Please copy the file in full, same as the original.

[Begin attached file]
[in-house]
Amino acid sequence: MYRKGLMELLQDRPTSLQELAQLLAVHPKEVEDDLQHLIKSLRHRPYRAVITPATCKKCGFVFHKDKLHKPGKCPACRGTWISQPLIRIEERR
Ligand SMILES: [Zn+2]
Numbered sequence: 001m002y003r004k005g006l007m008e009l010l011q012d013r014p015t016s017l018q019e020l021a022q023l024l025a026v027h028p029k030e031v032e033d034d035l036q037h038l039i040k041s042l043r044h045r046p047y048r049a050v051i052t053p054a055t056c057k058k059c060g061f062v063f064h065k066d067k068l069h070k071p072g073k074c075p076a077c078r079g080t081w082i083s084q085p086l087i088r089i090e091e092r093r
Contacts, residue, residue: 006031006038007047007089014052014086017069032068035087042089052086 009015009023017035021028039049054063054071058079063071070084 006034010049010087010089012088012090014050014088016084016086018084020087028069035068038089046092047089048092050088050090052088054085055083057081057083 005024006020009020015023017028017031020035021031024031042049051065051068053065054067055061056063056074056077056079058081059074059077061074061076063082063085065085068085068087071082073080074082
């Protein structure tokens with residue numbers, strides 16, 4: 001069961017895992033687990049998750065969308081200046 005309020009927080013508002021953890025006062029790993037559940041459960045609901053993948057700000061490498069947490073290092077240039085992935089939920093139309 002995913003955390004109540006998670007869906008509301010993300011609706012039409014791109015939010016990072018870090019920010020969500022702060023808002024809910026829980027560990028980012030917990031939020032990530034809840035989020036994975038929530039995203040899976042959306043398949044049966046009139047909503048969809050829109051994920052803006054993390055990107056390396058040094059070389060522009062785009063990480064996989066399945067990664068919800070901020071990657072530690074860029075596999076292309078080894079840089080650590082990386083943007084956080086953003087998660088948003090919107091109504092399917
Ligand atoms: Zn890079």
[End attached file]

[in-house]
Amino acid sequence: MYRKGLMELLQDRPTSLQELAQLLAVHPKEVEDDLQHLIKSLRHRPYRAVITPATCKKCGFVFHKDKLHKPGKCPACRGTWISQPLIRIEERR
Ligand SMILES: [Zn+2]
Numbered sequence: 001m002y003r004k005g006l007m008e009l010l011q012d013r014p015t016s017l018q019e020l021a022q023l024l025a026v027h028p029k030e031v032e033d034d035l036q037h038l039i040k041s042l043r044h045r046p047y048r049a050v051i052t053p054a055t056c057k058k059c060g061f062v063f064h065k066d067k068l069h070k071p072g073k074c075p076a077c078r079g080t081w082i083s084q085p086l087i088r089i090e091e092r093r
Contacts, residue, residue: 006031006038007047007089014052014086017069032068035087042089052086 009015009023017035021028039049054063054071058079063071070084 006034010049010087010089012088012090014050014088016084016086018084020087028069035068038089046092047089048092050088050090052088054085055083057081057083 005024006020009020015023017028017031020035021031024031042049051065051068053065054067055061056063056074056077056079058081059074059077061074061076063082063085065085068085068087071082073080074082
């Protein structure tokens with residue numbers, strides 16, 4: 001069961017895992033687990049998750065969308081200046 005309020009927080013508002021953890025006062029790993037559940041459960045609901053993948057700000061490498069947490073290092077240039085992935089939920093139309 002995913003955390004109540006998670007869906008509301010993300011609706012039409014791109015939010016990072018870090019920010020969500022702060023808002024809910026829980027560990028980012030917990031939020032990530034809840035989020036994975038929530039995203040899976042959306043398949044049966046009139047909503048969809050829109051994920052803006054993390055990107056390396058040094059070389060522009062785009063990480064996989066399945067990664068919800070901020071990657072530690074860029075596999076292309078080894079840089080650590082990386083943007084956080086953003087998660088948003090919107091109504092399917
Ligand atoms: Zn890079």